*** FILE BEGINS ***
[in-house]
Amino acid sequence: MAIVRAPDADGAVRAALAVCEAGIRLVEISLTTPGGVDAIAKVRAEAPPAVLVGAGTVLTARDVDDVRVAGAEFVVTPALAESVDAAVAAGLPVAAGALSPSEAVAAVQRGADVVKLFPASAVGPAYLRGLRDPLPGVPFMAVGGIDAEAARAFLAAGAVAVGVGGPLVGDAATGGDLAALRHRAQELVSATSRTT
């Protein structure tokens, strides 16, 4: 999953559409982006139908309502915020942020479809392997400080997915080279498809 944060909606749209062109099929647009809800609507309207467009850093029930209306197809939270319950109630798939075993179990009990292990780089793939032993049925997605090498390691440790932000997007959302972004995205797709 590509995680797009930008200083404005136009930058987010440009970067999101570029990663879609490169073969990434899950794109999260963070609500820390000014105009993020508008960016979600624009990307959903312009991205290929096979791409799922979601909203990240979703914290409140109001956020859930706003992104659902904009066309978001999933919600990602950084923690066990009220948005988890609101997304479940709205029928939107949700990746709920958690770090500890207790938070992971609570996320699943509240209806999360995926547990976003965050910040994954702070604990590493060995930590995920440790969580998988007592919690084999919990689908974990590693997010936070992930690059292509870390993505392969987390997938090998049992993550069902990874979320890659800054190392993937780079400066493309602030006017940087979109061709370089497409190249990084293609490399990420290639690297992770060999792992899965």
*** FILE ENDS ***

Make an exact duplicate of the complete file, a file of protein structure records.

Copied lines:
[in-house]
Amino acid sequence: MAIVRAPDADGAVRAALAVCEAGIRLVEISLTTPGGVDAIAKVRAEAPPAVLVGAGTVLTARDVDDVRVAGAEFVVTPALAESVDAAVAAGLPVAAGALSPSEAVAAVQRGADVVKLFPASAVGPAYLRGLRDPLPGVPFMAVGGIDAEAARAFLAAGAVAVGVGGPLVGDAATGGDLAALRHRAQELVSATSRTT
């Protein structure tokens, strides 16, 4: 999953559409982006139908309502915020942020479809392997400080997915080279498809 944060909606749209062109099929647009809800609507309207467009850093029930209306197809939270319950109630798939075993179990009990292990780089793939032993049925997605090498390691440790932000997007959302972004995205797709 590509995680797009930008200083404005136009930058987010440009970067999101570029990663879609490169073969990434899950794109999260963070609500820390000014105009993020508008960016979600624009990307959903312009991205290929096979791409799922979601909203990240979703914290409140109001956020859930706003992104659902904009066309978001999933919600990602950084923690066990009220948005988890609101997304479940709205029928939107949700990746709920958690770090500890207790938070992971609570996320699943509240209806999360995926547990976003965050910040994954702070604990590493060995930590995920440790969580998988007592919690084999919990689908974990590693997010936070992930690059292509870390993505392969987390997938090998049992993550069902990874979320890659800054190392993937780079400066493309602030006017940087979109061709370089497409190249990084293609490399990420290639690297992770060999792992899965």